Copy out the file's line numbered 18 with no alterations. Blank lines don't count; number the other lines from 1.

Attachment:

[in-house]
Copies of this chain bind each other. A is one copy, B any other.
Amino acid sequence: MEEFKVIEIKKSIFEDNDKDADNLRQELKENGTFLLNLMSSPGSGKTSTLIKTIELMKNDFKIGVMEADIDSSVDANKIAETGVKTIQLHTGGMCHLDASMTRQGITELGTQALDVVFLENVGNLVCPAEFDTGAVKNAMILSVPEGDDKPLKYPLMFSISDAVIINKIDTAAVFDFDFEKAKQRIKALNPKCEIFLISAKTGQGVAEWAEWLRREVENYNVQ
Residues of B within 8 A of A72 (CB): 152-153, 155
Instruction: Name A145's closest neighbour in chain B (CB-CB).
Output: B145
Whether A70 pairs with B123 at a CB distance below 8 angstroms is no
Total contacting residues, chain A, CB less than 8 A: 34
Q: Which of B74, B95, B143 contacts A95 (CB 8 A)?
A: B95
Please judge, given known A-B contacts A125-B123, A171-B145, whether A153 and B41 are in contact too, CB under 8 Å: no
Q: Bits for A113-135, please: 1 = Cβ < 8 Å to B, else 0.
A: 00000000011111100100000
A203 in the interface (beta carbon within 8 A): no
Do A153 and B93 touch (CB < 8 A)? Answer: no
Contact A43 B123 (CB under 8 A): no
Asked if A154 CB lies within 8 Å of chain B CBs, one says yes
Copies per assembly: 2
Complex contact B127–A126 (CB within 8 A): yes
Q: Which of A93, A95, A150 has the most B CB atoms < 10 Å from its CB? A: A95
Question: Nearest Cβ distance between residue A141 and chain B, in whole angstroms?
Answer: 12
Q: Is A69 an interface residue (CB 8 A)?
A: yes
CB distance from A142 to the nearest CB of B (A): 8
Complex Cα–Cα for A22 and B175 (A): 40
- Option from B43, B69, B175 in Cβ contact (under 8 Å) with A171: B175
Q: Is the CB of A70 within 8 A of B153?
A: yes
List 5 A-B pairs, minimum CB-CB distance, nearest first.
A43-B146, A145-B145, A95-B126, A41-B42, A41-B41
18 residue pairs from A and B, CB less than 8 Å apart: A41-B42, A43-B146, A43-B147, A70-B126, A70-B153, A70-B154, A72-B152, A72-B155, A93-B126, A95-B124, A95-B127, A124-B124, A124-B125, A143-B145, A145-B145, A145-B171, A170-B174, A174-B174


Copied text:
Copies per assembly: 2